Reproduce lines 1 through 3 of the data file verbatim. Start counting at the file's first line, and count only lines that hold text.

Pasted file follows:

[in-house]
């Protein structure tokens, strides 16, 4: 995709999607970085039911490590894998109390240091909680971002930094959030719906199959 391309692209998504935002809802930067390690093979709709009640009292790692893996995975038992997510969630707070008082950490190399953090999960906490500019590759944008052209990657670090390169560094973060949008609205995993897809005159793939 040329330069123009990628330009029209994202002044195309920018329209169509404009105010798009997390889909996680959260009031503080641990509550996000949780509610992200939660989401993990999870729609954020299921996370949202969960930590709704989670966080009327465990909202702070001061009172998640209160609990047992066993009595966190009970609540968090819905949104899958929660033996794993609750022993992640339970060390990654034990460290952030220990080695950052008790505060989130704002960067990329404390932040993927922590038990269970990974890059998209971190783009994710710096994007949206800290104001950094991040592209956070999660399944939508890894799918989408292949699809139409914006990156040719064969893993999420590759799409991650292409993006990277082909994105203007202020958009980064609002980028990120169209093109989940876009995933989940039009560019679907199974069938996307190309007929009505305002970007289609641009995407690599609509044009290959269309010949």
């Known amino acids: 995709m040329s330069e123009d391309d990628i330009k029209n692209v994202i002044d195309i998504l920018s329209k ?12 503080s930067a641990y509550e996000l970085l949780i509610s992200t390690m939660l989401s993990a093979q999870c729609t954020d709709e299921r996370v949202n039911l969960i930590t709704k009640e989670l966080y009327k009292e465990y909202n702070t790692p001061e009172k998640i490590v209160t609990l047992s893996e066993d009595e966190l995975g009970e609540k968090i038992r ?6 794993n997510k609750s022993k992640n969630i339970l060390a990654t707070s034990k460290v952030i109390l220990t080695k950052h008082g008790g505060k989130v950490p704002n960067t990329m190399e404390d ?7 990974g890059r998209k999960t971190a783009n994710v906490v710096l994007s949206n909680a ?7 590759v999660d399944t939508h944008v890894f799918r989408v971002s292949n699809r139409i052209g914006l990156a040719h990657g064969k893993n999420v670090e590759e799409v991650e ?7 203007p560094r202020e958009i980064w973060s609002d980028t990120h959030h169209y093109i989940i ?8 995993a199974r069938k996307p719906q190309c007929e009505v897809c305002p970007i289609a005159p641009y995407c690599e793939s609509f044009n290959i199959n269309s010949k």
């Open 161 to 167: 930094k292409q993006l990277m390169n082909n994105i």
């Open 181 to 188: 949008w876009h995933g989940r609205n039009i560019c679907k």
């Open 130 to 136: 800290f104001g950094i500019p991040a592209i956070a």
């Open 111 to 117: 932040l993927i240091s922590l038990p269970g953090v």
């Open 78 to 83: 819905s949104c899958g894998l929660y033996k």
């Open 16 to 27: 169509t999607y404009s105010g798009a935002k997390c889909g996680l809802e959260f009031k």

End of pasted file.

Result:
[in-house]
């Protein structure tokens, strides 16, 4: 995709999607970085039911490590894998109390240091909680971002930094959030719906199959 391309692209998504935002809802930067390690093979709709009640009292790692893996995975038992997510969630707070008082950490190399953090999960906490500019590759944008052209990657670090390169560094973060949008609205995993897809005159793939 040329330069123009990628330009029209994202002044195309920018329209169509404009105010798009997390889909996680959260009031503080641990509550996000949780509610992200939660989401993990999870729609954020299921996370949202969960930590709704989670966080009327465990909202702070001061009172998640209160609990047992066993009595966190009970609540968090819905949104899958929660033996794993609750022993992640339970060390990654034990460290952030220990080695950052008790505060989130704002960067990329404390932040993927922590038990269970990974890059998209971190783009994710710096994007949206800290104001950094991040592209956070999660399944939508890894799918989408292949699809139409914006990156040719064969893993999420590759799409991650292409993006990277082909994105203007202020958009980064609002980028990120169209093109989940876009995933989940039009560019679907199974069938996307190309007929009505305002970007289609641009995407690599609509044009290959269309010949």
């Known amino acids: 995709m040329s330069e123009d391309d990628i330009k029209n692209v994202i002044d195309i998504l920018s329209k ?12 503080s930067a641990y509550e996000l970085l949780i509610s992200t390690m939660l989401s993990a093979q999870c729609t954020d709709e299921r996370v949202n039911l969960i930590t709704k009640e989670l966080y009327k009292e465990y909202n702070t790692p001061e009172k998640i490590v209160t609990l047992s893996e066993d009595e966190l995975g009970e609540k968090i038992r ?6 794993n997510k609750s022993k992640n969630i339970l060390a990654t707070s034990k460290v952030i109390l220990t080695k950052h008082g008790g505060k989130v950490p704002n960067t990329m190399e404390d ?7 990974g890059r998209k999960t971190a783009n994710v906490v710096l994007s949206n909680a ?7 590759v999660d399944t939508h944008v890894f799918r989408v971002s292949n699809r139409i052209g914006l990156a040719h990657g064969k893993n999420v670090e590759e799409v991650e ?7 203007p560094r202020e958009i980064w973060s609002d980028t990120h959030h169209y093109i989940i ?8 995993a199974r069938k996307p719906q190309c007929e009505v897809c305002p970007i289609a005159p641009y995407c690599e793939s609509f044009n290959i199959n269309s010949k």